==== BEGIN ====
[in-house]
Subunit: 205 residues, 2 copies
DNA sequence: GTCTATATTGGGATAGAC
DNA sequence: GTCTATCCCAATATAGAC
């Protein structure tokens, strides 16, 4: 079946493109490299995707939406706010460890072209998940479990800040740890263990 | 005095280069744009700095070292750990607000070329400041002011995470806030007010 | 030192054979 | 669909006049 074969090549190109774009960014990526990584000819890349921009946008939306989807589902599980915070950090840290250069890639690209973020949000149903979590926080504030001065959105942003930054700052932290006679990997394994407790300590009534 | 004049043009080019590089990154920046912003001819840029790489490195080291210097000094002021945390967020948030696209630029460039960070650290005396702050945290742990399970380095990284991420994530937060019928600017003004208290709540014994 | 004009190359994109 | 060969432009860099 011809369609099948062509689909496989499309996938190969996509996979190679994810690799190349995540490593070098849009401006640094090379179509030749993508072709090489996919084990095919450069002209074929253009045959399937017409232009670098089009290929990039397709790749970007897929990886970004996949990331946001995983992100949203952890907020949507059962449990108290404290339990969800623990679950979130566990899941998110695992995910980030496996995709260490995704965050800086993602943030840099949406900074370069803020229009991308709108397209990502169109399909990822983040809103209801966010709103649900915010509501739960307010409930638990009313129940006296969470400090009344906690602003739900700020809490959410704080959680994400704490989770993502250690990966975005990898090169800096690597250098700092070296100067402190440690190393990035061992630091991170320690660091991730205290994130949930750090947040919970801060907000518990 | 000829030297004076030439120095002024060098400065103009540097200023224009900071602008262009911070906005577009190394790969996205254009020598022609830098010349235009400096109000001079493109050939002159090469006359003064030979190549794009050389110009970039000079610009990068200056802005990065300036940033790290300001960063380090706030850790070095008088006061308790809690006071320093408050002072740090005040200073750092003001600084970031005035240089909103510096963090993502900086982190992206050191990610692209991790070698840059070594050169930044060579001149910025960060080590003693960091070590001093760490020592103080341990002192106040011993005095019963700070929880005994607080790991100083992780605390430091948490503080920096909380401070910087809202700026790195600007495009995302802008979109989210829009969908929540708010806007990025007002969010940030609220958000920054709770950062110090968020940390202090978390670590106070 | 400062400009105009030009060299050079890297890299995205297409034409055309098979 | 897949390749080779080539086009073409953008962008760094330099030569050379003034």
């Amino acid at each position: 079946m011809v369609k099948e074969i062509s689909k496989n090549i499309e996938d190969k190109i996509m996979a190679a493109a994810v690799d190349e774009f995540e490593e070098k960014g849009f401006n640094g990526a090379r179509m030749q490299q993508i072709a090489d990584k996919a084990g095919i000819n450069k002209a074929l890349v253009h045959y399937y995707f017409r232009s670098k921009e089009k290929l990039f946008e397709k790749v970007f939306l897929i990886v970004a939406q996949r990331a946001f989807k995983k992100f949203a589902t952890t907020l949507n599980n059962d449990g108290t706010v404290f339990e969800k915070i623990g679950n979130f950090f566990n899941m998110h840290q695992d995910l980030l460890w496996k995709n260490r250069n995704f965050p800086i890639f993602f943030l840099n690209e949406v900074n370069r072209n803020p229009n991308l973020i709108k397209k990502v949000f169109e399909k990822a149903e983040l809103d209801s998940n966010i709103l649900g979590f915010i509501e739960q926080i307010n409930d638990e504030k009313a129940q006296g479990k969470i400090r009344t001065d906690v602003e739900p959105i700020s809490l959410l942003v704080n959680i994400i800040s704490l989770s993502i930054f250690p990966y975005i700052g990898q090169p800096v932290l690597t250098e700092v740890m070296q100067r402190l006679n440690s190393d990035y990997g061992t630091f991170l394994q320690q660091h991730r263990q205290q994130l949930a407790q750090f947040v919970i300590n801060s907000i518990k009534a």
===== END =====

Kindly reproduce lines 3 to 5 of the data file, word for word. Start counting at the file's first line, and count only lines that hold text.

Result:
DNA sequence: GTCTATATTGGGATAGAC
DNA sequence: GTCTATCCCAATATAGAC
């Protein structure tokens, strides 16, 4: 079946493109490299995707939406706010460890072209998940479990800040740890263990 | 005095280069744009700095070292750990607000070329400041002011995470806030007010 | 030192054979 | 669909006049 074969090549190109774009960014990526990584000819890349921009946008939306989807589902599980915070950090840290250069890639690209973020949000149903979590926080504030001065959105942003930054700052932290006679990997394994407790300590009534 | 004049043009080019590089990154920046912003001819840029790489490195080291210097000094002021945390967020948030696209630029460039960070650290005396702050945290742990399970380095990284991420994530937060019928600017003004208290709540014994 | 004009190359994109 | 060969432009860099 011809369609099948062509689909496989499309996938190969996509996979190679994810690799190349995540490593070098849009401006640094090379179509030749993508072709090489996919084990095919450069002209074929253009045959399937017409232009670098089009290929990039397709790749970007897929990886970004996949990331946001995983992100949203952890907020949507059962449990108290404290339990969800623990679950979130566990899941998110695992995910980030496996995709260490995704965050800086993602943030840099949406900074370069803020229009991308709108397209990502169109399909990822983040809103209801966010709103649900915010509501739960307010409930638990009313129940006296969470400090009344906690602003739900700020809490959410704080959680994400704490989770993502250690990966975005990898090169800096690597250098700092070296100067402190440690190393990035061992630091991170320690660091991730205290994130949930750090947040919970801060907000518990 | 000829030297004076030439120095002024060098400065103009540097200023224009900071602008262009911070906005577009190394790969996205254009020598022609830098010349235009400096109000001079493109050939002159090469006359003064030979190549794009050389110009970039000079610009990068200056802005990065300036940033790290300001960063380090706030850790070095008088006061308790809690006071320093408050002072740090005040200073750092003001600084970031005035240089909103510096963090993502900086982190992206050191990610692209991790070698840059070594050169930044060579001149910025960060080590003693960091070590001093760490020592103080341990002192106040011993005095019963700070929880005994607080790991100083992780605390430091948490503080920096909380401070910087809202700026790195600007495009995302802008979109989210829009969908929540708010806007990025007002969010940030609220958000920054709770950062110090968020940390202090978390670590106070 | 400062400009105009030009060299050079890297890299995205297409034409055309098979 | 897949390749080779080539086009073409953008962008760094330099030569050379003034």